There was quite general agreement that structures utilized by members of the human race would have to be cut down to a minimum in order to create sufficient lebensraum for members of the automotive race. Wherever and whenever traffic experts meet, they take it upon themselves to devise plans for the redesigning of the human environment. They have, in fact, to an astounding degree, become the dictators in all questions concerned with city planning.

To realize the abnormality of this situation, one need only try to visualize for a moment a convention of plumbers dictating to architects the entire construction industry how buildings should be designed, inside and out, in order to a) increase the employment opportunities in the plumbing fixtures industry, and b) facilitate their installation.

They would dictate that every room in every building must have a bathtub, water closet and three washstands -- otherwise unemployment in the appliance industry may result -- and that plumbing pipes of all types must no longer be forced into positions where they are hidden in walls and ceilings, but should be permitted to run any odd way, diagonally, vertically, or horizontally, through living rooms or offices. This demand would be rationalized as the facilitation of water and sewage traffic, as demanded by our era of technology. Every protest against these measures would them be ridiculed as reactionary -- or, worse, as "idealistic" -- and an attempt to turn the wheels of history backwards.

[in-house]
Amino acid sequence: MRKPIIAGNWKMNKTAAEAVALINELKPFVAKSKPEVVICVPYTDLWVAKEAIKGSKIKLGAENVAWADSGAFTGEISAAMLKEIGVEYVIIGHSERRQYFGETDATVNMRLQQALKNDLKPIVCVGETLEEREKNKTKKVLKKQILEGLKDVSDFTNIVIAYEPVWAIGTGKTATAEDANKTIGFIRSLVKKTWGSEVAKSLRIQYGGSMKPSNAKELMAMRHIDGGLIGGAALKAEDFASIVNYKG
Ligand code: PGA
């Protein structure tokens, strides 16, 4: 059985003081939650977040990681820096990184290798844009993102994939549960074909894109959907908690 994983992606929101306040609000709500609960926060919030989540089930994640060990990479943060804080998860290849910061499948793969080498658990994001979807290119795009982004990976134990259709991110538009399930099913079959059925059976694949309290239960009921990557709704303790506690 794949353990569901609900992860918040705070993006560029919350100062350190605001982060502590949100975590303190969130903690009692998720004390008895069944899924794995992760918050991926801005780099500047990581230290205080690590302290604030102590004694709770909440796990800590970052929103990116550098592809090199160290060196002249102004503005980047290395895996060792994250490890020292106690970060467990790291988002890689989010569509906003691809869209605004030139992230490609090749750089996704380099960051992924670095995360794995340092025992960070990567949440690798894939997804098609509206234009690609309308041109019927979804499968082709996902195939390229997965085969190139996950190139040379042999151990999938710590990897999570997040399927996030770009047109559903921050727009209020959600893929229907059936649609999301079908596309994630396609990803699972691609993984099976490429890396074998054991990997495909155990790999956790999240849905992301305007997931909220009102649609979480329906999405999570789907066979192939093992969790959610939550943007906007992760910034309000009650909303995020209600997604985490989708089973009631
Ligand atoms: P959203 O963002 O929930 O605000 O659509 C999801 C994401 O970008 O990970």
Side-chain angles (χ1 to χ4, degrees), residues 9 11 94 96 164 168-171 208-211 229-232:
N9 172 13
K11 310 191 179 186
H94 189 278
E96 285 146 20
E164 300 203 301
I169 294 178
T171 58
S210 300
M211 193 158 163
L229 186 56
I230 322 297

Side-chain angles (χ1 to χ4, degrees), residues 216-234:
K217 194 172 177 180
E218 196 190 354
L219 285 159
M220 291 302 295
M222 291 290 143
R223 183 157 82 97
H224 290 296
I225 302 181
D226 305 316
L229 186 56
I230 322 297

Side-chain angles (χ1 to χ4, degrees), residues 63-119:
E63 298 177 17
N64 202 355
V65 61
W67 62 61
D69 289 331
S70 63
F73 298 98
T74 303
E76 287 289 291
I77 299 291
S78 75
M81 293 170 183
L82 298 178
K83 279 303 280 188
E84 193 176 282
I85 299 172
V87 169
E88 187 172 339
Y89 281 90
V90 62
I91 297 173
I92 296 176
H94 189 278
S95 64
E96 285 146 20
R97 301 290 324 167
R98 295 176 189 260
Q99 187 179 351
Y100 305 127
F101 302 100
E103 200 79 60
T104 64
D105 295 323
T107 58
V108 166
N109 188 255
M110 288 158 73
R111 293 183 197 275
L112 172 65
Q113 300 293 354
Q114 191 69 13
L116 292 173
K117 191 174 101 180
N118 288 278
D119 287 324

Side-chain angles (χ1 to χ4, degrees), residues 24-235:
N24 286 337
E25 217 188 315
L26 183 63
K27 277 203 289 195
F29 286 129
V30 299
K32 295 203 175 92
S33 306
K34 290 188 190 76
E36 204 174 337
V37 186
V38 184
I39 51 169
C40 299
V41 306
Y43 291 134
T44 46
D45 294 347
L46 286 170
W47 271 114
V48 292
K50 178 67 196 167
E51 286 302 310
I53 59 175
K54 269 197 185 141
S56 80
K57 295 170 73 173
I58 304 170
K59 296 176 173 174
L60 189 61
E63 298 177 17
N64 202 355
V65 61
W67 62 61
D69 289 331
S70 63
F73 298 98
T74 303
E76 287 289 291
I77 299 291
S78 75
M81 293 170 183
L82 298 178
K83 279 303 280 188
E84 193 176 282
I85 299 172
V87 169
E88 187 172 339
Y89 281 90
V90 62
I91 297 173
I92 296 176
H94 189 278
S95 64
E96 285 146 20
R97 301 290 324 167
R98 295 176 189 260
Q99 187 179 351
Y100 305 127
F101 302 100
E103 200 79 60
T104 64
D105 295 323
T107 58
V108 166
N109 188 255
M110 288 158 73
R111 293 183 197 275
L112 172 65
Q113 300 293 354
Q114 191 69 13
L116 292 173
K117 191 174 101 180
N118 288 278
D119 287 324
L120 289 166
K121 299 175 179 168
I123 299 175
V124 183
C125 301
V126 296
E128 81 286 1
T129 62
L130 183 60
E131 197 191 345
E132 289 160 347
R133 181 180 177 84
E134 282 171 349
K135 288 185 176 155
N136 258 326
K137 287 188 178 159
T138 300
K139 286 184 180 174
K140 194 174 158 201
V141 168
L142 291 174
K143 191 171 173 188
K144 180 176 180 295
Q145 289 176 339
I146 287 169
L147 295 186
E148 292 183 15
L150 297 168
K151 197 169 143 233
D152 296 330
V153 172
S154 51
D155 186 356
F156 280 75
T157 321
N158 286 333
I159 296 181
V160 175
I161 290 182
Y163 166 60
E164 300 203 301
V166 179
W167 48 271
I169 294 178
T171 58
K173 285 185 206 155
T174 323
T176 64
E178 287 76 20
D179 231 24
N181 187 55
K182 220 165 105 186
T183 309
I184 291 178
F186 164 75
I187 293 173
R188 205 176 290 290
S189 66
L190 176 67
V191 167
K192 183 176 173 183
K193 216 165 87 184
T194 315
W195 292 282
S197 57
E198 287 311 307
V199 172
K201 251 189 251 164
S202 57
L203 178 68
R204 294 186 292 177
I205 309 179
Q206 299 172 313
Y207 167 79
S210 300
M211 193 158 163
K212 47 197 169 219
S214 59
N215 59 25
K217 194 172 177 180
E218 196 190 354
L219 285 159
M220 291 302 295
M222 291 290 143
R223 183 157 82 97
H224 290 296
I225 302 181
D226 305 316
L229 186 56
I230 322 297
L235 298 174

It is not hard to recognize, from this fictitious plumbing-convention story, that the traffic planners really do not behave too differently. They, too, demand as gospel the proposition that more and more automobiles should be manufactured, as otherwise the automotive appliance industry might be underemployed, and they most definitely insist that their plumbing pipes crisscross the public living rooms and working rooms of our cities. Anybody who opposes their views is characterized as either "an ivory tower planner," "a reactionary out of step with the miracles of technology," or an outright imbecile.

I am perfectly willing to risk the attacks of the traffic planners when I insist that the solution to coexistence of the human and automotive population does not lie in the taming and training of people, but in the taming of the motorcar. I am not in favor of the destruction of automobiles, not even necessarily of the diminution of the automobile population; but I am most definitely in favor of domesticating it, and making it useful to the human race, just as we did with the horse and the cow and with various types of poultry.

Victor Gruen (1903-1980) was a noted Viennese architect who became known as "the father of the shopping center" for his design of Southdale Mall, the first enclosed shopping center, in 1954. He decried the mall culture that followed, saying that his ideas had been bastardized.

The Heart of Our Cities: The Urban Crisis: Diagnosis and Cure by Victor Gruen is out of print, but you can sometimes find copies at Amazon.